In late 2010, Tunisia became the birthplace of the “Arab Spring” revolts after deposing longtime President Zine El Abidine Ben Ali. A recent assassination of a popular secular politician and human rights advocate, Chokri Belaid, has led to more instability and protests against the ruling Islamist government, while Islamist supporters also staged counter protests.
Amid the renewed instability, the Israeli Foreign Ministry fears that Tunisia’s small Jewish community, estimated to be around 2,000, will face greater dangers. Over the past several weeks, several dozen Jewish gravestones were desecrated and anti-Semitic incitement has risen.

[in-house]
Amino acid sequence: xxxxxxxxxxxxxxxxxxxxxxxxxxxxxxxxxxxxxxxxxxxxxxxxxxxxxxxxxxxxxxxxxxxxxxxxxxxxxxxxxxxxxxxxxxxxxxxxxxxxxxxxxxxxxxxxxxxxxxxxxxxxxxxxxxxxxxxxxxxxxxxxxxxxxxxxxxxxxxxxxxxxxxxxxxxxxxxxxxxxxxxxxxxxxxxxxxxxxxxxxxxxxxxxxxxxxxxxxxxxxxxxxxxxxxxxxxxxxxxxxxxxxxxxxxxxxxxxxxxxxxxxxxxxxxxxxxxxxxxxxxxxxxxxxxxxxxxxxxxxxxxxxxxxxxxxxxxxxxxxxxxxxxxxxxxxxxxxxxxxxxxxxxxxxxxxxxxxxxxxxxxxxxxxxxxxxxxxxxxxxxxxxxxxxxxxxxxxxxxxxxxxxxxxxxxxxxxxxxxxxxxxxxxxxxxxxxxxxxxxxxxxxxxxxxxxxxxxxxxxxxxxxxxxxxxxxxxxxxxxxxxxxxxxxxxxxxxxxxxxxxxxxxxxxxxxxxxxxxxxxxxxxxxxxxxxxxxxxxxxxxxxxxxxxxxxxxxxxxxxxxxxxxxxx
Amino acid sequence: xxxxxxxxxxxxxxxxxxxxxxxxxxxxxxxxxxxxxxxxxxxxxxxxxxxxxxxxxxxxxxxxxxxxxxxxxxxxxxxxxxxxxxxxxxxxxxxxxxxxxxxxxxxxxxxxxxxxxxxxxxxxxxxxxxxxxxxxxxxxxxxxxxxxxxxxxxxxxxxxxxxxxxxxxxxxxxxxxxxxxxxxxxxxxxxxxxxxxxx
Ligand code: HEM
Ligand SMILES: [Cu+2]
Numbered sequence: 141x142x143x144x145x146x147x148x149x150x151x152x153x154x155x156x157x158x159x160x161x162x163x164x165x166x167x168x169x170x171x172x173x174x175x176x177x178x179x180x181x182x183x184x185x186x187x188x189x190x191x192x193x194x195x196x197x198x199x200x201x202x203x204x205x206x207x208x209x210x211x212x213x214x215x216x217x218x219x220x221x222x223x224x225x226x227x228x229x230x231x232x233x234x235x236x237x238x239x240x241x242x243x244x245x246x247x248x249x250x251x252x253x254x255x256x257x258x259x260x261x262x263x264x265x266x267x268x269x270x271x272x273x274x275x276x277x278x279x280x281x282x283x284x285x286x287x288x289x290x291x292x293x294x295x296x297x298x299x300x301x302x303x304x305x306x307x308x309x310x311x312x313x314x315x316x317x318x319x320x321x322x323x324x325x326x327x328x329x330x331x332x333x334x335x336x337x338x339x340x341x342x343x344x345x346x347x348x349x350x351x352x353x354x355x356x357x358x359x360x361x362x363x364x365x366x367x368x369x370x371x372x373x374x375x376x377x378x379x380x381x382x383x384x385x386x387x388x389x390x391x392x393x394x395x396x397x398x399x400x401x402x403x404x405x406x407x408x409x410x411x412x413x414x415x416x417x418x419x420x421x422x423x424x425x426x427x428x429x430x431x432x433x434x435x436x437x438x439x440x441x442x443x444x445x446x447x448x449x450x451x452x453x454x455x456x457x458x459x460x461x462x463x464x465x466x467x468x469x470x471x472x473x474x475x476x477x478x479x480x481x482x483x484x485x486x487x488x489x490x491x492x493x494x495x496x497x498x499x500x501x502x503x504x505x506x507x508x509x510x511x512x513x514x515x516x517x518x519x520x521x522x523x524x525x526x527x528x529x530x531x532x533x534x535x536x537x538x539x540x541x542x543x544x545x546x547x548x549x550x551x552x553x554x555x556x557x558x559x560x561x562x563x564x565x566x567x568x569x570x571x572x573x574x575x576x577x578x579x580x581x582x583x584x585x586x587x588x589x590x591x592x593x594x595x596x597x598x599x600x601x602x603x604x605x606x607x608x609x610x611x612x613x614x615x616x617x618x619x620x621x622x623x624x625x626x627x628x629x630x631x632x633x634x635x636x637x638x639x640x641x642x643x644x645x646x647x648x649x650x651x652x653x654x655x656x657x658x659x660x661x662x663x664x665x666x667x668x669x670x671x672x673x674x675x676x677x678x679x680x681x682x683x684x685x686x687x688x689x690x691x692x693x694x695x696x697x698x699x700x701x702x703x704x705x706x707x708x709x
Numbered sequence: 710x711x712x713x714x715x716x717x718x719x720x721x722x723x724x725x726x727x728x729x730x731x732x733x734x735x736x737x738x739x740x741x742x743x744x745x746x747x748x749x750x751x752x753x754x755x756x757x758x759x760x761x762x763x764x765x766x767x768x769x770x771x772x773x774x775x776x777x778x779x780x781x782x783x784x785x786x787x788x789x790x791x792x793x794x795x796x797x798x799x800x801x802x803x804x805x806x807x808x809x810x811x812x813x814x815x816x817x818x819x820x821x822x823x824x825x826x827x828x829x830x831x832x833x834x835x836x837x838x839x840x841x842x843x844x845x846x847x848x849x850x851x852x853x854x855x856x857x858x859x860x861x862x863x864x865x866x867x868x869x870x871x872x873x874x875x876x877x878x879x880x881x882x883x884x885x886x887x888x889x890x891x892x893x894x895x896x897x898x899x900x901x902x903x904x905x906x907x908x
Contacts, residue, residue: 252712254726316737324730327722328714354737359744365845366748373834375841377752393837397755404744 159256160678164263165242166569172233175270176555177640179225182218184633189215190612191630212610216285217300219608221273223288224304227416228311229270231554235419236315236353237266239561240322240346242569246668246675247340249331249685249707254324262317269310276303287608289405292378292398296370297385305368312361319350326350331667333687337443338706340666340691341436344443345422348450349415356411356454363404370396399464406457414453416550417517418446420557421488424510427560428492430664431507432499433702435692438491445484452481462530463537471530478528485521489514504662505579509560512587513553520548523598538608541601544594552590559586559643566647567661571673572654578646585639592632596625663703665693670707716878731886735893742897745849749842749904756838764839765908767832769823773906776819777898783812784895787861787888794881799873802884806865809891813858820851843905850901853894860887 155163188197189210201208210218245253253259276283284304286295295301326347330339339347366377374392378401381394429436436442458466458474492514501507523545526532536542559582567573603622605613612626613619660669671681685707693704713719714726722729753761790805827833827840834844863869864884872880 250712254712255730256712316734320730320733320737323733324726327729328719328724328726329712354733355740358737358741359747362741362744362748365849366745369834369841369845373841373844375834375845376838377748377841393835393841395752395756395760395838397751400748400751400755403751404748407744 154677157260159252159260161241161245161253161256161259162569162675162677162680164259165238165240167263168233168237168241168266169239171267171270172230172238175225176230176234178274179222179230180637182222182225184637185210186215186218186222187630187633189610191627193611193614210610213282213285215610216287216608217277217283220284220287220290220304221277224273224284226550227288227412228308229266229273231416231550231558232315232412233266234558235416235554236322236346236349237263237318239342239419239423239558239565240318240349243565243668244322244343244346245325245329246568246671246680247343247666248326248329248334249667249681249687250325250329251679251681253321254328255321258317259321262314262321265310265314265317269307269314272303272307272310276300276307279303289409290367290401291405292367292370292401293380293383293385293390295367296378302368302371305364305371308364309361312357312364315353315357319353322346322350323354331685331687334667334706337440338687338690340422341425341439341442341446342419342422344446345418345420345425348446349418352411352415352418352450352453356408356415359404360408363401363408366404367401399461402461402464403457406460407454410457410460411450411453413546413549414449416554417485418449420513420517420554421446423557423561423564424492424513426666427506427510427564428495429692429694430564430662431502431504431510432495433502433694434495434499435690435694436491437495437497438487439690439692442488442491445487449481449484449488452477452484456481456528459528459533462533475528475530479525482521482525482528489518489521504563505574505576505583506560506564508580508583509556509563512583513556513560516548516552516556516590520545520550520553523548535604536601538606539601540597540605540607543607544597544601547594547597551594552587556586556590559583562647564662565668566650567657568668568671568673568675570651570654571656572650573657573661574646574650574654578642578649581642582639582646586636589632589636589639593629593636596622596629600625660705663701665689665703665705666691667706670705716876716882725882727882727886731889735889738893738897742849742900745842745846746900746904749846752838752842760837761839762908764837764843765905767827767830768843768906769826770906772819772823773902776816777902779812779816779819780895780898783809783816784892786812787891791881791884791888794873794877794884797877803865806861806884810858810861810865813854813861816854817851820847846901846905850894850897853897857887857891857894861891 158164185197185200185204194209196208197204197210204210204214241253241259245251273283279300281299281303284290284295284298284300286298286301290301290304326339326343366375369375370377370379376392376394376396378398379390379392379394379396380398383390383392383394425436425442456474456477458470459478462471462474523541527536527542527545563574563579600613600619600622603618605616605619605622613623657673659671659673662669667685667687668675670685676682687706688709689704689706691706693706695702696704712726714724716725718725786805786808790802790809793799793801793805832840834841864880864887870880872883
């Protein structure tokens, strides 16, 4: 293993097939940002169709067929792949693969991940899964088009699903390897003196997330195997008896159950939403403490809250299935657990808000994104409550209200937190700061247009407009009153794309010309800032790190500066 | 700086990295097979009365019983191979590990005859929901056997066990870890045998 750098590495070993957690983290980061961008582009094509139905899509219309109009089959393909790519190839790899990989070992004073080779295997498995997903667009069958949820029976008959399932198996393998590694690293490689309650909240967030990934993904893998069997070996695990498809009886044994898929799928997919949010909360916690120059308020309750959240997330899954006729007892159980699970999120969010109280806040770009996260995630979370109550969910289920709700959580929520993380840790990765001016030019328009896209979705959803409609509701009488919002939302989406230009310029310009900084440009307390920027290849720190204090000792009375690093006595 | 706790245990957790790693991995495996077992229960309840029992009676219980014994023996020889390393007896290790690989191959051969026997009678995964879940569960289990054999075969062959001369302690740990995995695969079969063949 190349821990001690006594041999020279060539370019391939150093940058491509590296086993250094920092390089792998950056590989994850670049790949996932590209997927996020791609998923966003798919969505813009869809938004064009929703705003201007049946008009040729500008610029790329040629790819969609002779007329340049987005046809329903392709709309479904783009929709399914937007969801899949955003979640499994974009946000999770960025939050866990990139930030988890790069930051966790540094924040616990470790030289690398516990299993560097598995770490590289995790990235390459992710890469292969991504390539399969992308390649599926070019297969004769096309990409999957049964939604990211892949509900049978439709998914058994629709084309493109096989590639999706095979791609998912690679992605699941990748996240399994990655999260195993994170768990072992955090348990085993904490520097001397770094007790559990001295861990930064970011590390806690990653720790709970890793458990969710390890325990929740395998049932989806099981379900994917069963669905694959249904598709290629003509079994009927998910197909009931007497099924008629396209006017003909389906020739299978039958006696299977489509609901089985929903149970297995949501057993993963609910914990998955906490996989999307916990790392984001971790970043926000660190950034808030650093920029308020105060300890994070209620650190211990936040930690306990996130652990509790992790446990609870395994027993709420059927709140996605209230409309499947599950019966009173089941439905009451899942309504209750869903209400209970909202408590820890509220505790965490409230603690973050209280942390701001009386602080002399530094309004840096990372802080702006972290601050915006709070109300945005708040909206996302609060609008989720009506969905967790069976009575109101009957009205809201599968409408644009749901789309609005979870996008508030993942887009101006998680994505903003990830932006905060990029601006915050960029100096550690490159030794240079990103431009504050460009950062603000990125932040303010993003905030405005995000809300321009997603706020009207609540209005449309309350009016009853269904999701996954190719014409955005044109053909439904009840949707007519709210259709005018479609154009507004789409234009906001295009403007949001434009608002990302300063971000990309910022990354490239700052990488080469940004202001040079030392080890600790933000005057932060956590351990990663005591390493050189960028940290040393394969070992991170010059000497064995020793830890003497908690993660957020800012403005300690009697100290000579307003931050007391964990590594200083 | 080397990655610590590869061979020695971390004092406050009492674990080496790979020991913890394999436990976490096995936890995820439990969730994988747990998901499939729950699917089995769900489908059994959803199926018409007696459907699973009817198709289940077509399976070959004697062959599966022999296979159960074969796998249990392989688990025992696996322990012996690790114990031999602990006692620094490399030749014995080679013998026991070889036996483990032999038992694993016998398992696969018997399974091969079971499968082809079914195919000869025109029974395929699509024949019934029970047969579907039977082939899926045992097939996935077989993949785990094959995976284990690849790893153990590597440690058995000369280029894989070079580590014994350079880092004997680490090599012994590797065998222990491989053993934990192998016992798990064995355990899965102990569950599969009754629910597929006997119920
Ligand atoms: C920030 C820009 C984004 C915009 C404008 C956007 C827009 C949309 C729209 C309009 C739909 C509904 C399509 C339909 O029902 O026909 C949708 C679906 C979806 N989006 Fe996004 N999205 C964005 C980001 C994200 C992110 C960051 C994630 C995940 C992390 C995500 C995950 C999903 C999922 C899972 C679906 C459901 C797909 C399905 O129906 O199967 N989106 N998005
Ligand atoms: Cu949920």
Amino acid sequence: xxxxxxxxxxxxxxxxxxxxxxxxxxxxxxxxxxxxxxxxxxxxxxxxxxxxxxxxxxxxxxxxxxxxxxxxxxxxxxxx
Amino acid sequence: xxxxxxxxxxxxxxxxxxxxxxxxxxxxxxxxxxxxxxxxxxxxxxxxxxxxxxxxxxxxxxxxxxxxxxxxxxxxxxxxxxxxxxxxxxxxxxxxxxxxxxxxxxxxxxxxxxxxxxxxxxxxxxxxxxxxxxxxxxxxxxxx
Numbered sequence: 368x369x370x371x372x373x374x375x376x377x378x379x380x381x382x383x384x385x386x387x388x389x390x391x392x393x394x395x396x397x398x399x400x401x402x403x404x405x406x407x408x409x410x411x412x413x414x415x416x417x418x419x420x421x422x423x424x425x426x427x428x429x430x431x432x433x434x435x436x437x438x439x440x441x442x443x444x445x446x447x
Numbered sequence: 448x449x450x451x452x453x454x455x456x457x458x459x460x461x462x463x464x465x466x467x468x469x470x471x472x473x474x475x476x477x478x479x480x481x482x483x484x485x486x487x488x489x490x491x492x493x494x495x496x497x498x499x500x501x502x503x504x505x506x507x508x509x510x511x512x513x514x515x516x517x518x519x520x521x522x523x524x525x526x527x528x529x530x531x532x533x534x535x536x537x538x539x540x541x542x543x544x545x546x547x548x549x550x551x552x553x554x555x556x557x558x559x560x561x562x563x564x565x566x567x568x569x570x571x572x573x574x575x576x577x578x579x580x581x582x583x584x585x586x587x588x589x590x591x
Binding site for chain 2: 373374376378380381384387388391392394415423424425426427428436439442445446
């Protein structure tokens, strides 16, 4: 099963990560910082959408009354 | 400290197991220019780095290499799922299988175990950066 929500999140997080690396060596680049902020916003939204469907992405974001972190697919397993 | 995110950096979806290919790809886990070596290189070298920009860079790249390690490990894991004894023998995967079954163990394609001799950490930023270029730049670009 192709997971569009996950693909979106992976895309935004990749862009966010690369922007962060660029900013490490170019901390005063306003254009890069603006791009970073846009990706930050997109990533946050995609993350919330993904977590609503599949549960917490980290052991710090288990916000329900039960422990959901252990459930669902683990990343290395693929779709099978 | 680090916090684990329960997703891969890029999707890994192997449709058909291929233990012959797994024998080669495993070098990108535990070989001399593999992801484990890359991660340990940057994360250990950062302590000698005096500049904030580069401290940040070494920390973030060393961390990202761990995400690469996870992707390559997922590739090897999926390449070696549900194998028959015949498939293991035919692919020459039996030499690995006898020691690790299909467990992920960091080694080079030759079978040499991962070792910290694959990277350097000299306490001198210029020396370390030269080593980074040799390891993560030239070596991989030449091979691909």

“There appears to be an increase in anti-Semitic statements among local religious clerics and cases of public incitement against Jews,” says a report written by Gideon Bachar, head of the Foreign Ministry’s Department for Combating Anti-Semitism, according to Ynet.